by Aaron Searcy, Publications Associate
If you found yourself paying closer attention to the natural world around you this past year, you’re not alone. Months of lockdowns, layoffs, and isolation have translated into soaring popularity for simpler outdoor pastimes, including a unique growing community of “bird nerds.”
|Guide and former biologist Keith Watson (left) leads a birding group on a tour in Great Smoky Mountains National Park. Photo courtesy of Joye Ardyn Durham.|
Birdseed, birdhouses, and high-end binoculars have all been scarce at times in recent months, and birdwatching and wildlife identification apps like eBird and iNaturalist are flush with newly active accounts. This spring, there have been far more reported sightings of rare birds in and around Great Smoky Mountains National Park than ever before — most likely a sign of more human eyes on the skies and not a sudden profusion of Swainson’s Warblers or Golden-crowned Kinglets.
“I think this year has definitely been exceptional,” said Keith Watson, a professional birding guide and former biologist with the National Park Service and U.S. Fish and Wildlife Service. “There are a lot more people out there, and I’m seeing a lot of new names on the reporting forums that I use, especially eBird.”
|Keith Watson pauses to listen for birdsong in Great Smoky Mountains National Park. Photo courtesy of Joye Ardyn Durham.|
While the pandemic put a hold on some of Watson’s usual birding tours this year, he says the national park offers some of the best birding opportunities in the southern United States due to its wide range of elevations and more than 800 square miles of mature and unbroken forested habitat.
“To have such large contiguous blocks of that kind of forest is really essential to the conservation of these birds, especially the northern hardwood forests and the spruce-fir forests at the higher elevations, which are hard to come by until you go much further north,” said Watson. Whether it’s the high-elevation spruce-fir forests or the close-canopy deciduous forests common at lower elevations, the Great Smoky Mountains have a lot to offer if you happen to be a bird.
“It’s just a huge green mantel of forest below, which — to anthropomorphize a little bit — has be appealing to birds who use that kind of habitat,” said Watson. “It’s just got to be joyful.”
|Black-capped Chickadees use at least 13 different vocalizations to communicate complex information and warn other birds about threats in dense vegetation. Photo courtesy of Warren Lynn.|
Watson presented a crash course on birding in the Smokies as part of this year’s Science at Sugarlands speaker series hosted by park partner Discover Life in America (DLiA). Archived recorded sessions from the series and registration links for future events are available online at dlia.org.
“The thing about these mountains that makes them so rewarding for birding is there are lot of northern species whose southernmost range occurs in the Smokies,” said Watson. “So, if you’ve got a target species you’d like to find, you can zero in on their habitat. Black-capped Chickadee, Red Crossbill, Red-breasted Nuthatch, Northern Saw-whet Owl—those are the kinds of things you know you’re going to have a good chance of seeing when you’re in the right habitat, and that’s always easy to find in the park.”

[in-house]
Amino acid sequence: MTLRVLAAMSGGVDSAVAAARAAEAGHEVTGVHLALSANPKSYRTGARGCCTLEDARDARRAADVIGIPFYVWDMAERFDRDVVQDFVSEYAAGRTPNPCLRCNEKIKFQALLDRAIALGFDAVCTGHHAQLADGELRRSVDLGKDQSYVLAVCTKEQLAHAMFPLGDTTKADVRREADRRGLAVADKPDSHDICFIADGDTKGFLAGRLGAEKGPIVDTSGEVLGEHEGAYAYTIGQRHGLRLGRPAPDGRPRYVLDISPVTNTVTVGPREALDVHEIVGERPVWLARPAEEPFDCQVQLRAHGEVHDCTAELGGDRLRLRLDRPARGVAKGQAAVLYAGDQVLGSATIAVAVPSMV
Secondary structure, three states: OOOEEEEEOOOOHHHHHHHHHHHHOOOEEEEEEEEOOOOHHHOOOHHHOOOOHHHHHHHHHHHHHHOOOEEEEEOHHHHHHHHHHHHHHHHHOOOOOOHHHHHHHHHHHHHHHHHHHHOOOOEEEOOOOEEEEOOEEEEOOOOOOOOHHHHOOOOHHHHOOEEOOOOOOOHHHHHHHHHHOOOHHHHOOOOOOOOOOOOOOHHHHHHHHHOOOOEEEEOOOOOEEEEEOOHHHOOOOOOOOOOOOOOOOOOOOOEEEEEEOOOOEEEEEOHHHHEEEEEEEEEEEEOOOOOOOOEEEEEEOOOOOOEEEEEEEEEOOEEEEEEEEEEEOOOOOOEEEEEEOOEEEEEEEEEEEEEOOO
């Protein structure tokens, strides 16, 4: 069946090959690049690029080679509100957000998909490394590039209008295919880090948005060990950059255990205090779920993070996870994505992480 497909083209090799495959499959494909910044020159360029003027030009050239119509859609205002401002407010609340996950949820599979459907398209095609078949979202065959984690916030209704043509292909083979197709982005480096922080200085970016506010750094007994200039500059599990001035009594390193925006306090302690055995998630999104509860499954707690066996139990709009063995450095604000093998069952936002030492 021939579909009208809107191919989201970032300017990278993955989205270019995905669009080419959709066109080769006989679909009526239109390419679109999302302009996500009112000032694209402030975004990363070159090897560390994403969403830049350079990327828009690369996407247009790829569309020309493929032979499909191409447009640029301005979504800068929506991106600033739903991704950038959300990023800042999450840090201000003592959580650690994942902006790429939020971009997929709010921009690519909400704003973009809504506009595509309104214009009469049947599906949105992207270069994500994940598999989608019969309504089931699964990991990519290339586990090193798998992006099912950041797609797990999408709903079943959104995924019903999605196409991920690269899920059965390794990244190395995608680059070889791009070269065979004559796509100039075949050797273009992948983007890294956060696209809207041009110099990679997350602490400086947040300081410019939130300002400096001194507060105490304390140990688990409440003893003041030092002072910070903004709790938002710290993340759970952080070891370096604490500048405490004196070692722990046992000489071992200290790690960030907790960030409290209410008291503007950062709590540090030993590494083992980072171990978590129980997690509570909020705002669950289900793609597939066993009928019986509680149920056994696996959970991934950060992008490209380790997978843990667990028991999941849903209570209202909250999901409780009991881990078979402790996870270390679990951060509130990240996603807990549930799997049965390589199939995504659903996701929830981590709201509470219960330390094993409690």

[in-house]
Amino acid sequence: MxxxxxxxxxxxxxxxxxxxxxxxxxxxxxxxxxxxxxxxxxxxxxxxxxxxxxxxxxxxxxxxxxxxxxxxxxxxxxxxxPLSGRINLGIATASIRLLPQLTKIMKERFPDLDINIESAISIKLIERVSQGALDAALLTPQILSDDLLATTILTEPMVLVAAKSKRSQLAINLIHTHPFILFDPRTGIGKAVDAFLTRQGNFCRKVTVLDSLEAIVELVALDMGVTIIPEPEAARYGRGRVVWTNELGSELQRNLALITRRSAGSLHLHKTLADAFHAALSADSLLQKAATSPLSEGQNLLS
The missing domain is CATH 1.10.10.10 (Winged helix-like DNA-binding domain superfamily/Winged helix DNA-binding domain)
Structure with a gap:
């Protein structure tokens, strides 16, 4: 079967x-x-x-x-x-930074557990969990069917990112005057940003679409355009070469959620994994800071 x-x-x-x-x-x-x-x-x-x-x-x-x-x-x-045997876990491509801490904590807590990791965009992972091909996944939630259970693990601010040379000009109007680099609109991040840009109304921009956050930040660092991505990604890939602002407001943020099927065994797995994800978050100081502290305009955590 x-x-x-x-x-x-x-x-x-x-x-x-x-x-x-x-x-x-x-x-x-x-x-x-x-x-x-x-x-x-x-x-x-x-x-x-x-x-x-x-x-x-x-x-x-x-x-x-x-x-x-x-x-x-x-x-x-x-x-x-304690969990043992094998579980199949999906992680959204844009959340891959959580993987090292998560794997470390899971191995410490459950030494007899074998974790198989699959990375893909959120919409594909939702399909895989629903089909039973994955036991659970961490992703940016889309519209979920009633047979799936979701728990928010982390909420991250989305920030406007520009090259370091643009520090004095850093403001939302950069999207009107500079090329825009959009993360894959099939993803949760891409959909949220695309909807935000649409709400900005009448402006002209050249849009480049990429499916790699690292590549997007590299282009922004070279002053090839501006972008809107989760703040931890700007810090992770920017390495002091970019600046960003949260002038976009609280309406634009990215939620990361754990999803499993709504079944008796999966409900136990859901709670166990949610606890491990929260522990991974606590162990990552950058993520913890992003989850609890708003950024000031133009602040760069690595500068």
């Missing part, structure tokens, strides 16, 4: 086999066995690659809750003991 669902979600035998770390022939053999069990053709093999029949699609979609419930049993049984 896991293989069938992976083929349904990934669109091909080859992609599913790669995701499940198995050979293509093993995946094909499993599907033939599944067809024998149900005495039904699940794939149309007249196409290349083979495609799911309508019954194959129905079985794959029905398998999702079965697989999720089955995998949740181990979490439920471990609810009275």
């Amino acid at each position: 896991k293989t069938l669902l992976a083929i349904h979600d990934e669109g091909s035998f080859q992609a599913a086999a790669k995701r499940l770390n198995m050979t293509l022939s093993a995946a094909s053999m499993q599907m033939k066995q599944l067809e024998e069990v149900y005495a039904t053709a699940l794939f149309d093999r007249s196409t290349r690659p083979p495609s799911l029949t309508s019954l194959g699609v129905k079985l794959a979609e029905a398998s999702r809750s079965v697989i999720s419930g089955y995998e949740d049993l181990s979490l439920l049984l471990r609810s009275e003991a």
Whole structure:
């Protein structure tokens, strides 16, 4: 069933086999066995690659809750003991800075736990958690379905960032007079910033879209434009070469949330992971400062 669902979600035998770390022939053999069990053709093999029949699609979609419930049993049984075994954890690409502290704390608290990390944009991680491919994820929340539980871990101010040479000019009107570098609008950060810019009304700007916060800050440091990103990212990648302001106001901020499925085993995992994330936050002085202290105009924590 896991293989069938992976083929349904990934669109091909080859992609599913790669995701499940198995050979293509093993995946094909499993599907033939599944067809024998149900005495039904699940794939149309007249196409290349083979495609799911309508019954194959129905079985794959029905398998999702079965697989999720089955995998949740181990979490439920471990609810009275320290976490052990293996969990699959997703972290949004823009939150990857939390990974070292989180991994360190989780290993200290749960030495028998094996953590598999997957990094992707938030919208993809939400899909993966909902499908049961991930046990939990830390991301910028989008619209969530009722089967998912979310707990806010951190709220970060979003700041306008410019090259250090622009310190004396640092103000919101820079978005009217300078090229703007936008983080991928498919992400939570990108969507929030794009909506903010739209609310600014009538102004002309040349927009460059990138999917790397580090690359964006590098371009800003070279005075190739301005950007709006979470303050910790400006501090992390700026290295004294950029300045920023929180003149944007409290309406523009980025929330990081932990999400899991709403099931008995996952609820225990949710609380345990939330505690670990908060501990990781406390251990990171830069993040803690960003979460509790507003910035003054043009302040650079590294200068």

Actually laying eyes on some of those birds once you’ve made it to the mountains can be difficult—especially in summer. Once deciduous trees put out their foliage, visibility drops rapidly, even with the benefit of binoculars.
|Red-breasted Nuthatches are small, sprightly birds known for quickly hopping along trunks and branches in coniferous forests as they forage for food, often hanging upside-down. Photo courtesy of Warren Lynn.|
“In most parts of the park, people will be more likely to hear birds than see them,” explained Paul Super, the park’s research coordinator, “with open areas like Cades Cove and Oconaluftee being the exceptions.” Even so, several areas in the park have been included on state-level birding trails for their exceptional viewing opportunities.
“We have three sections of the park in the North Carolina Birding Trail: Big Creek, Heintooga Spur Road, and Oconaluftee Visitor Center,” said Super. “The park will also soon be part of the statewide North Carolina Breeding Bird Atlas, which invites volunteers to document the birds they see in eBird.”
Listening to birdsong can be just as rewarding as seeing the birds themselves, whether it’s tuning into the ethereal yodel of a Wood Thrush or catching the syncopated hoot of a Barred Owl. In fact, some bird researchers rely mostly on vocalizations to identify birds and take stock of species diversity in a given area. Casual birders can use the same approach.
“At first you have to rely on sounds to locate many birds, but once you learn their songs, you can identify them and go searching through the developed canopies,” said Watson. “High-elevation specialist birds tend to sing a little longer into the season than the lower-elevation birds, so you’ll still find plenty from July through August if you spend some time around Newfound Gap, Clingmans Dome, or Alum Cave Trail.”
Newly invested pandemic birders and the birding-curious looking to explore beyond the backyard this summer can find a printable checklist of GSMNP birds online at nps.gov/grsm. Be sure to check out the North Carolina Birding Trail and the North Carolina Bird Atlas while you’re at it, or snag a copy of the Birds of the Smokies field guide.